the weblog of Alan Knox

When people are willing to talk…

Posted by on Mar 6, 2007 in blog links, community | 11 comments

Jamie at “(e)mergent Voyageurs” has copied a newspaper article by Harry Lehotsky in his blog post called “Tuesdays With Harry – The Ellice Cafe“. In the original article, Lehotsky describes how a church started a restaurant in a dowtown area in order to help the people of the community and to help revitalize the area. Consider this excerpt:

For 21 years, I’ve pastored this inner-city church. I started in stereotypical fashion, going door-to-door, asking people if they wanted to attend a new church. I knocked on the doors of all the homes, apartment blocks and rooming houses in the neighbourhood.

I was able to count on one hand the people who expressed an interest in checking out a new church. An ordained Baptist minister with a seminary degree, I wondered if perhaps this was the wrong place or wrong time for a church — or perhaps that I was just the wrong person for the job.I decided to go back through the neighbourhood and ask different questions. “What are you interested in? What are your concerns in the neighbourhood?”

Suddenly, people were willing to talk.

Are we in the church willing to meet people in their needs and talk about issues that they are concerned about? If we do not care enough about people and their concerns, why should they care to hear our good news?


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  1. 3-6-2007

    Good insights, Alan.

    I thank that, for far too long, we have rushed into “ministries” that are not even needed in the communities in which we live.

    The first step in any “first contact” encounter should be engaging people where they live and discovering their real and “felt” needs. then we build our ministries around that knowledge.

    We must ask and listen … then we can share teh eternal truth that we know.


  2. 3-6-2007

    Thanks for the shout out.

  3. 3-6-2007


    Thank you for discussing the subject on your blog as well. People need the good news of Jesus Christ. But they may not recognize their spiritual need because of so many physical needs.


    Thank you for telling us about Harry. Those of us south of the border can learn much from our northern neighbors.


  4. 3-6-2007


    As much as I hate the baggage talking about “felt” needs carries with it, it is entirely appropriate. If a brother or sister is naked and destitute of daily food and one of you says to them, “Depart in peace, be warm and filled,” but you do not give them the things which are needed for the body…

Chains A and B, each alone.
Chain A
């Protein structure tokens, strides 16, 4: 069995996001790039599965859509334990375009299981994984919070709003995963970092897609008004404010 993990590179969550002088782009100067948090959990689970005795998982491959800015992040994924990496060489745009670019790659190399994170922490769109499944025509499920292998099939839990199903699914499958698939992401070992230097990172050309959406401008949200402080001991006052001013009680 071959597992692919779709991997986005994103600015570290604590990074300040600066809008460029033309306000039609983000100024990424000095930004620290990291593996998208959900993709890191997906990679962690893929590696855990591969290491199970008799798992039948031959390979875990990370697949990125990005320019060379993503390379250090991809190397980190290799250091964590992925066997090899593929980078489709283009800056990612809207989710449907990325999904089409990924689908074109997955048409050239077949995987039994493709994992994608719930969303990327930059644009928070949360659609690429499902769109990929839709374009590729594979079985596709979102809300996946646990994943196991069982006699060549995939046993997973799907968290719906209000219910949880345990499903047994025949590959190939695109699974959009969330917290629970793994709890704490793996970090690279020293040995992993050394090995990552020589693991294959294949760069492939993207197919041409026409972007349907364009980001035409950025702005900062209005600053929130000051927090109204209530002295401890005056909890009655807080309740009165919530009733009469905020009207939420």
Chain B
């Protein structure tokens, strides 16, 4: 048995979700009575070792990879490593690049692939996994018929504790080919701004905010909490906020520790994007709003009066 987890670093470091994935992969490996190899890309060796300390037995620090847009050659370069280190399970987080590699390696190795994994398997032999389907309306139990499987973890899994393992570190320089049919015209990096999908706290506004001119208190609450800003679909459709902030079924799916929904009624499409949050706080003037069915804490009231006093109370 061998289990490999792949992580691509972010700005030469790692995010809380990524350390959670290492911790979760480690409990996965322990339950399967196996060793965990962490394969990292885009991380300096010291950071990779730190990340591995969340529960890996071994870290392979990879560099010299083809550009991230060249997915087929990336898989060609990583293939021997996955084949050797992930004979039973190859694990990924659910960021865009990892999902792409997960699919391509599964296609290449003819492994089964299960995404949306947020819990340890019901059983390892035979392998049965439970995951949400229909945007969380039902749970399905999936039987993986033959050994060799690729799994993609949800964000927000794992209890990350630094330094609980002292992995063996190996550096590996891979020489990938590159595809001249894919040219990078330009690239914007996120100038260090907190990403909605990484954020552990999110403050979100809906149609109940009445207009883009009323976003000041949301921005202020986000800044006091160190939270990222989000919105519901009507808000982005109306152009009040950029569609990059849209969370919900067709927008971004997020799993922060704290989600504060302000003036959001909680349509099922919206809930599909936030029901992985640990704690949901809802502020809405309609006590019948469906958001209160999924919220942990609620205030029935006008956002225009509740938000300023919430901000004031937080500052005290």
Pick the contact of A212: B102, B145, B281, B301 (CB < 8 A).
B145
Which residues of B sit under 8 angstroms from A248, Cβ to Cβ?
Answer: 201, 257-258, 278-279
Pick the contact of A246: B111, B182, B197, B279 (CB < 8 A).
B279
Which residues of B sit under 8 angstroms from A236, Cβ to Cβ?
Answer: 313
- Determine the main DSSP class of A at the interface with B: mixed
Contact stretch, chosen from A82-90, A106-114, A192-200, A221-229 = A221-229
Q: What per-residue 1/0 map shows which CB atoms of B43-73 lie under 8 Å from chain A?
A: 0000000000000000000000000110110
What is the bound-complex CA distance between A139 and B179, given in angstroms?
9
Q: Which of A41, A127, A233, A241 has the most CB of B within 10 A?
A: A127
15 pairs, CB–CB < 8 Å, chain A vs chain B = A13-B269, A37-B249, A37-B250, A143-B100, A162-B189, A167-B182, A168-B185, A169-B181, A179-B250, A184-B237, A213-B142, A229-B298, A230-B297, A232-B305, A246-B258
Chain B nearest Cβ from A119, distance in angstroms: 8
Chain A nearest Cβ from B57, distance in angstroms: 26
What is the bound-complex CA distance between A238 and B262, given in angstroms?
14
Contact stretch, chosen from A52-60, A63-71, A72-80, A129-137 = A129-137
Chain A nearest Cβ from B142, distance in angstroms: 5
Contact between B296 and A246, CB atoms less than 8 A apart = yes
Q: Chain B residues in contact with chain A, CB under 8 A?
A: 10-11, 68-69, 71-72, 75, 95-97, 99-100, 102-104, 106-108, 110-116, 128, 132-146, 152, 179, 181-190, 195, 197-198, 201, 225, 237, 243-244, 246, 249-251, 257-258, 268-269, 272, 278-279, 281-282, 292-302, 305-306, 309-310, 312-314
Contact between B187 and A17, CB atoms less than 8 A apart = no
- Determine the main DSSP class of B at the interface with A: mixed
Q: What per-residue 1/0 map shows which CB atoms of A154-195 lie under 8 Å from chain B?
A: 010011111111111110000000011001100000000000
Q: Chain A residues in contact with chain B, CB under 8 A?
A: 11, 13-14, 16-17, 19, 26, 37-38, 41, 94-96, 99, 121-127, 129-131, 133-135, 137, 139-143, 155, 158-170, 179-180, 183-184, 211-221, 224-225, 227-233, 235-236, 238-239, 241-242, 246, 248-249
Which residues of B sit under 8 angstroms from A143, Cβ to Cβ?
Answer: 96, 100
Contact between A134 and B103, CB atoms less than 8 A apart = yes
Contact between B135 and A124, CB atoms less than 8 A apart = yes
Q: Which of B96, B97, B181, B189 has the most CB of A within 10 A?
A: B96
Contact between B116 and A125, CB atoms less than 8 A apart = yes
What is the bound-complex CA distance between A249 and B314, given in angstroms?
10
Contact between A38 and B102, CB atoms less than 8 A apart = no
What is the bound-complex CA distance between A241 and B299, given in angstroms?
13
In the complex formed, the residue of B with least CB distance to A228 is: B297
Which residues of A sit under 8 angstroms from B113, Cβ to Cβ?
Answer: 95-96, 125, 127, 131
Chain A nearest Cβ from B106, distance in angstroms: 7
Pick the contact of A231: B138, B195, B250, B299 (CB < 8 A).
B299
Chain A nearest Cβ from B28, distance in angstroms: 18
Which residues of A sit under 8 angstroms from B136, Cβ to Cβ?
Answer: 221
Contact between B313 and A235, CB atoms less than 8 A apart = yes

Good complement to Geoff’s post.

  5. 3-6-2007


    The danger is in stopping at meeting physical needs. Every believer and unbeliever has physical (felt) needs. The church has always dealt with felt needs. But, the church errs if it stops at meeting those physical needs.


  6. 3-6-2007

    I read recently somewhere about a church that was growing cold and losing membership. They decided to do that very thing in their neighborhood- to go door to door and ask how they could serve the community. They didn’t make it about their church or themselves. They just sought to serve. It changed their ministry dramatically and they suddenly had doors open that had always been closed.

  7. 3-6-2007


    I did not imply that we should stop at meeting physical needs.

  8. 3-6-2007


    Thanks for telling us about this church.


    I apologize if I suggested you thought we should stop at meeting physical needs. I certainly do not think you would suggest that. I was merely commenting on the “baggage” of felt needs, and the fact that it is not an either/or. We should meet felt needs AND offer the truth of the gospel.


  9. 3-7-2007

    I asked my friend and mentor who had been on the M field for 37 years in South America how he went about his work. He went into the jungle to find folks who had never even seen a white person before. He told me, ‘There is no secret, no formula. You just walk into the village and let the Holy Spirit tell you what these people need. Then you meet it. We saw people with teeth rotting in their heads so we pulled them out. They felt better so they listened when we told them about Jesus.’ I said to him that I didn’t know he was a dentist. He said he wasn’t.
    That advice has charted my course. Ask the HS what these people need and do that. Love is not so complicated after all.

  10. 3-7-2007

    Excellent point. And a good heads up for us, Alan. Jamie has a great blog over there. Thanks.

  11. 3-7-2007


    Thank you for giving us an M’s view. I always appreciate your comments.


    Yes, I agree about Jamie’s blog.